I broke my brain a few weeks ago, a remarkably frightening experience. Now, I’ve had cognitive burnout before, it’s pulled me out of school on many occasions: an inability to study or take the ideas in my head and find words for them. This was nothing like that. My brain suddenly seemed incapable of any kind of complex processing. Even negotiating downtown streets on foot was too much – cars, people, noise, lights, walk/don’t walk …all loud and overwhelming. My last attempt to leave the house (what a week or two ago?) left me in tears, seeking sanctuary in an inner city park – even the complexities and stimulation of a bus ride home were too much.
In that moment I realized how much of my identity and sense of security were wrapped up in my intellect. Who was I if I didn’t have my wit? How could I cope if I couldn’t, well, cope? Even at my physical worst, I’d always been able to think critically (if slowly) – to analyze, to problem solve, to find the go-around. How would I manage when I’d lost even that?
This mental crash preceded by only a few day the worst physical relapse I’ve had in well over a decade. Surviving for a while on potato chips and boost – too weak to remain upright even long enough to fry an egg, unable to stay awake long enough to eat it anyway. Humbling to say the least. To have to let go of any idea of independence, self sufficiency; to acknowledge my inability to care for myself in even the most mundane of ways. A lot of my identity wrapped up in that too – my independence, my belief in my ability to manage.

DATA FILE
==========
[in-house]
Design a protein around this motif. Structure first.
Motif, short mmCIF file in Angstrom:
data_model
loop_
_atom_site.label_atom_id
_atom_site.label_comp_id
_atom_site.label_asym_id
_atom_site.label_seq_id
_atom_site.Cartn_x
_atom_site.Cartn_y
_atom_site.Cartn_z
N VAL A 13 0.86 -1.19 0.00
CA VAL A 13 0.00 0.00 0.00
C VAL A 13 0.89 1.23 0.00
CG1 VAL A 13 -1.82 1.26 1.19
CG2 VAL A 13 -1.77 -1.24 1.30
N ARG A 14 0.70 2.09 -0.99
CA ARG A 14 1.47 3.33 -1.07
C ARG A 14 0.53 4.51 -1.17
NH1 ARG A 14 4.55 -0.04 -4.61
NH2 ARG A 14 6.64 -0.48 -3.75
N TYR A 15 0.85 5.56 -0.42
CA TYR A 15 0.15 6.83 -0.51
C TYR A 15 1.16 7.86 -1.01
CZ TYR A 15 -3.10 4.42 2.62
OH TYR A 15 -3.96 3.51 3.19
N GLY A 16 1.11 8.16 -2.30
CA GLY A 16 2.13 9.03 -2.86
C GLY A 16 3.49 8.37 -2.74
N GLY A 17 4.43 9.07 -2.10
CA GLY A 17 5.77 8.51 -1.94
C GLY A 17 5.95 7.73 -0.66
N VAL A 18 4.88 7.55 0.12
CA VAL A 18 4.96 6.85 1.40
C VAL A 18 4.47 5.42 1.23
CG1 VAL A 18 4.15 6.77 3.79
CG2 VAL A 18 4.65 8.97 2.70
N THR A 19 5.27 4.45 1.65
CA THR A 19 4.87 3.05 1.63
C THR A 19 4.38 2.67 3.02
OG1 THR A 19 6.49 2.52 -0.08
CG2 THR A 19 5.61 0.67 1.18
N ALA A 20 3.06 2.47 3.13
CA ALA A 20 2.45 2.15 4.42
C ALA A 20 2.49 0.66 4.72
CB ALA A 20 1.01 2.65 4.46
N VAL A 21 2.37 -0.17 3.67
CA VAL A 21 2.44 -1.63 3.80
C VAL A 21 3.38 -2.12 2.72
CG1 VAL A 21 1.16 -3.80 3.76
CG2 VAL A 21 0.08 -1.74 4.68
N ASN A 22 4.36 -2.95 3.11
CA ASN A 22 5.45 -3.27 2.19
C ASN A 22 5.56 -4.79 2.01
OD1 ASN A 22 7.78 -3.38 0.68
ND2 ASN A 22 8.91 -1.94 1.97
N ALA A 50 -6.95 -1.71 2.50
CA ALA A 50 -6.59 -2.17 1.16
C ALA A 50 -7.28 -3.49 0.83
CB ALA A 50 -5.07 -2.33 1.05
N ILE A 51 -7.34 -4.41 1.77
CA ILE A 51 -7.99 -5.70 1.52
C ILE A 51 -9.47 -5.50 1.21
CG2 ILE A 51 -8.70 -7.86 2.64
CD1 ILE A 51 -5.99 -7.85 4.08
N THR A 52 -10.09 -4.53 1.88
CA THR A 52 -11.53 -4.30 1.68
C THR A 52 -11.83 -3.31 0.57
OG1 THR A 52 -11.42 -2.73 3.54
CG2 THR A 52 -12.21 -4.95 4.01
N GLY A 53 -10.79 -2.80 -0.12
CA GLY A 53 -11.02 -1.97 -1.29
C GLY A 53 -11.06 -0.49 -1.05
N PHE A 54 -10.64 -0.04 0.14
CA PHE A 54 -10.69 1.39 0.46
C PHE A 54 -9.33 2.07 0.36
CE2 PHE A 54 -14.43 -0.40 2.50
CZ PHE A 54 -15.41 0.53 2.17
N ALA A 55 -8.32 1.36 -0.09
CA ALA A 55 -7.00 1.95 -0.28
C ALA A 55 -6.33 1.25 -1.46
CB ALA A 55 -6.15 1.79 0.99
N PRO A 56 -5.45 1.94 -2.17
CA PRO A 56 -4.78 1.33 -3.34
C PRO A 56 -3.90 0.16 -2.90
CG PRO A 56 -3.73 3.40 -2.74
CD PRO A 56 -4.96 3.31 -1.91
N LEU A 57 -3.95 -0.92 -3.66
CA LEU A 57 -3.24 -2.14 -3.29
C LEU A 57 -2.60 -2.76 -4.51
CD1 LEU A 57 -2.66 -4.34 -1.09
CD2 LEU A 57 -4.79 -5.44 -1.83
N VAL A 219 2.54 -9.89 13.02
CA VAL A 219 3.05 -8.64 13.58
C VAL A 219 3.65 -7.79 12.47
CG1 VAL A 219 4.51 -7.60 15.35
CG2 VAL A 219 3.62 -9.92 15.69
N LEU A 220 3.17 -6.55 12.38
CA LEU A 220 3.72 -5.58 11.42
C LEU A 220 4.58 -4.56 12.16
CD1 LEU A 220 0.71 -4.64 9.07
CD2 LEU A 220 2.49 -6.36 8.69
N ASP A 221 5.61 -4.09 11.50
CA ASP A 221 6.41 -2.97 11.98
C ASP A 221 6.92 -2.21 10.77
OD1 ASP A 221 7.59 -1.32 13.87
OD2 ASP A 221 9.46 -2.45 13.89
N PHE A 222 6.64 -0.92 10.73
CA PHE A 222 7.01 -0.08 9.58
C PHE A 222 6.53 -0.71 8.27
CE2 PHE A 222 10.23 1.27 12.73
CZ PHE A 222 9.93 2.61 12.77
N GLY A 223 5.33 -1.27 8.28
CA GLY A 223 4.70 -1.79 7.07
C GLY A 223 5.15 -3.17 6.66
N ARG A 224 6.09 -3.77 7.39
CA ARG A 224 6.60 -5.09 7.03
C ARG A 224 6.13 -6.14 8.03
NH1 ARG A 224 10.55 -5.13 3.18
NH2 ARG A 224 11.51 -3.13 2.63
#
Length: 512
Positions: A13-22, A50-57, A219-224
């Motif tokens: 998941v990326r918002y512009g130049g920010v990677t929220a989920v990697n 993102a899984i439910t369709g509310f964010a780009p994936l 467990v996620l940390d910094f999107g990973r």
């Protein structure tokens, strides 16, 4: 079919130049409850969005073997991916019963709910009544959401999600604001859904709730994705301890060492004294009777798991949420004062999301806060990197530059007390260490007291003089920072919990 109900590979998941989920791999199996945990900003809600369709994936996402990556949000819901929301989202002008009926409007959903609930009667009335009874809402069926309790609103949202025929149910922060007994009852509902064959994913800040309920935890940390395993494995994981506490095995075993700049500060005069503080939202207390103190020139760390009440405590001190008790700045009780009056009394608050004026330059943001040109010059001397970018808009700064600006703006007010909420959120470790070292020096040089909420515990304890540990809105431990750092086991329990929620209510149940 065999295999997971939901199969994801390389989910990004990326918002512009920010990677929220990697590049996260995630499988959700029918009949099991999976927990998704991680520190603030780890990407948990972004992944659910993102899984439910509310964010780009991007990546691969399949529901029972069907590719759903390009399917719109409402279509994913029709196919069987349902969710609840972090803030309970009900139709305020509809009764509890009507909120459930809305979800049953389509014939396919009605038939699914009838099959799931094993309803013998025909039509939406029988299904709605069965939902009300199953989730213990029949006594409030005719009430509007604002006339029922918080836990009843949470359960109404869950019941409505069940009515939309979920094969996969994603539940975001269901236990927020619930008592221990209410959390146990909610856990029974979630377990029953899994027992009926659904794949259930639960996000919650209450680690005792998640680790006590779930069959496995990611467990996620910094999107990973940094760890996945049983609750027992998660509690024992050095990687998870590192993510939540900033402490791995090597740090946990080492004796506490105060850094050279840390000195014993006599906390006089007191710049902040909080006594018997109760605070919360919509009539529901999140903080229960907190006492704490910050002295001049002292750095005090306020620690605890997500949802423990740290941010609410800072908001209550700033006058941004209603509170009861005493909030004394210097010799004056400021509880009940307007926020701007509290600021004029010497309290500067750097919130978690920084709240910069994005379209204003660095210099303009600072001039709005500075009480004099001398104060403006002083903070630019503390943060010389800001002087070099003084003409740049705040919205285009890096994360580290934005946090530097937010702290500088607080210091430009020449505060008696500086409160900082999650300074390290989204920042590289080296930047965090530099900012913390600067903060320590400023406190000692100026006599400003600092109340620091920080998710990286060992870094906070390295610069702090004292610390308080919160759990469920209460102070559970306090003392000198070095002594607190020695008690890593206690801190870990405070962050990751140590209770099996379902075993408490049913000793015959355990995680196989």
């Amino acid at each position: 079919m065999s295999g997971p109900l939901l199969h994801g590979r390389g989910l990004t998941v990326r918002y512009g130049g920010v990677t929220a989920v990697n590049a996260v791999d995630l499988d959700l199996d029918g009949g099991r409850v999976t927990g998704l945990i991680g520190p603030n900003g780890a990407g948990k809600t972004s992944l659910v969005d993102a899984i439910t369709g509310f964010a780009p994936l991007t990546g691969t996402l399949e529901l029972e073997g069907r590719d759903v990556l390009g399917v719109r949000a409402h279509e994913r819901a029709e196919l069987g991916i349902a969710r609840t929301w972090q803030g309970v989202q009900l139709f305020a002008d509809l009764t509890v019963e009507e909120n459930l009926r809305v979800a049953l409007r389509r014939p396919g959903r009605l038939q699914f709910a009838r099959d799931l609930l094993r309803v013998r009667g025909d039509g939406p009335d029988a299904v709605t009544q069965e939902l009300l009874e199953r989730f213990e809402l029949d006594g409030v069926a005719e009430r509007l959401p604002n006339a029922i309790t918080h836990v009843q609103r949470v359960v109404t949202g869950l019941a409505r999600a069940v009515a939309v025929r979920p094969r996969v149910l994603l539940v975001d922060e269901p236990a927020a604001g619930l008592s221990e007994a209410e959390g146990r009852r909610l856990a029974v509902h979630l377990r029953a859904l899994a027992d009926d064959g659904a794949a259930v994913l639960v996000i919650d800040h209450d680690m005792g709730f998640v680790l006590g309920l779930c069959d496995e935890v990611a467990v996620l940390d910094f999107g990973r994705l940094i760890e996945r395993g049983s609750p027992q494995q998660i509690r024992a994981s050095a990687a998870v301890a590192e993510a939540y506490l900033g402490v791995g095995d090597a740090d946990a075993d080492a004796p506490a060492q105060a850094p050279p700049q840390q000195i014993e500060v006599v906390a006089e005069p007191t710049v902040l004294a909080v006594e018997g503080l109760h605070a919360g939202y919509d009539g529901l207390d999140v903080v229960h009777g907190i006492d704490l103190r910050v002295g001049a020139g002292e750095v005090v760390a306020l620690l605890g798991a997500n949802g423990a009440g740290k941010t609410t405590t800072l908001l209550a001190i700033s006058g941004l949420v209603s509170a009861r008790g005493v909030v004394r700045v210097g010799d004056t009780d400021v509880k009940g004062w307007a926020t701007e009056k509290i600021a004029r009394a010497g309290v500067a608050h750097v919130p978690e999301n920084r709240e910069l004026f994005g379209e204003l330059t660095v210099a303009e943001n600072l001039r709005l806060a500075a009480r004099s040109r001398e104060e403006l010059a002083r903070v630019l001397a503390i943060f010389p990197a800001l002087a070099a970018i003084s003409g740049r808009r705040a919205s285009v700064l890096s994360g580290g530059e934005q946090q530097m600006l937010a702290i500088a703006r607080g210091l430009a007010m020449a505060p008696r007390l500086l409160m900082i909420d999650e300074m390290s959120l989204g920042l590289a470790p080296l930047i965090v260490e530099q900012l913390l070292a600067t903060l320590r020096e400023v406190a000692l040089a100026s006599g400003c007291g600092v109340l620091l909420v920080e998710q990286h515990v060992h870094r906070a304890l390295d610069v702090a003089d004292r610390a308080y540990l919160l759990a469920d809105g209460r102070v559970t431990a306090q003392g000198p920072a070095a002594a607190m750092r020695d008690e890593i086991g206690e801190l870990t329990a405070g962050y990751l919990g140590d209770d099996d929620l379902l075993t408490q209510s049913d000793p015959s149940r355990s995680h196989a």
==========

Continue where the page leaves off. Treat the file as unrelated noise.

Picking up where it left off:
Adapt or die. I’ve been thinking a lot about that (in a non-thinking sort of way, as I let ideas just flit in and out of my brain). An idea reinforced, now that my brain’s working a bit, by reading The Jesus Incident and The Lazarus Effect back to back. Sci Fi novels about humans – genetically manipulated and mutated – trying to survive in a very harsh world. Adapt or die. Finding a way to fit, to continue on – the challenge of our species, of every species.
But not just an evolutionary, generational challenge (I’ve been thinking in my non-thinking sort of way) but a personal one – our lives are ever changing: the climate, the influences …adapt or die. A question put to myself in those first really rough days of this crash- accept the abrupt change in my world, find a way to adapt to it, or die a thousand deaths in a thousand moments of resistance and misery. My sense of identity and security crashing around me, adapt or die.
Who am I if I can’t think? When I’ve lost everything I’m proud of, everything I count on, everything I identify with, what’s left?
Something. Something was left, something that was so fundamentally me there was no question, no doubt. Even without being able to think, without being able to do for myself, there was something that just was. Something that had the capacity to adapt, to survive (I did get to those potato chips after all!). Something comforting, something that persisted, no matter what changed around me.
And THAT is something really interesting to think about (in a non-thinking sort of way).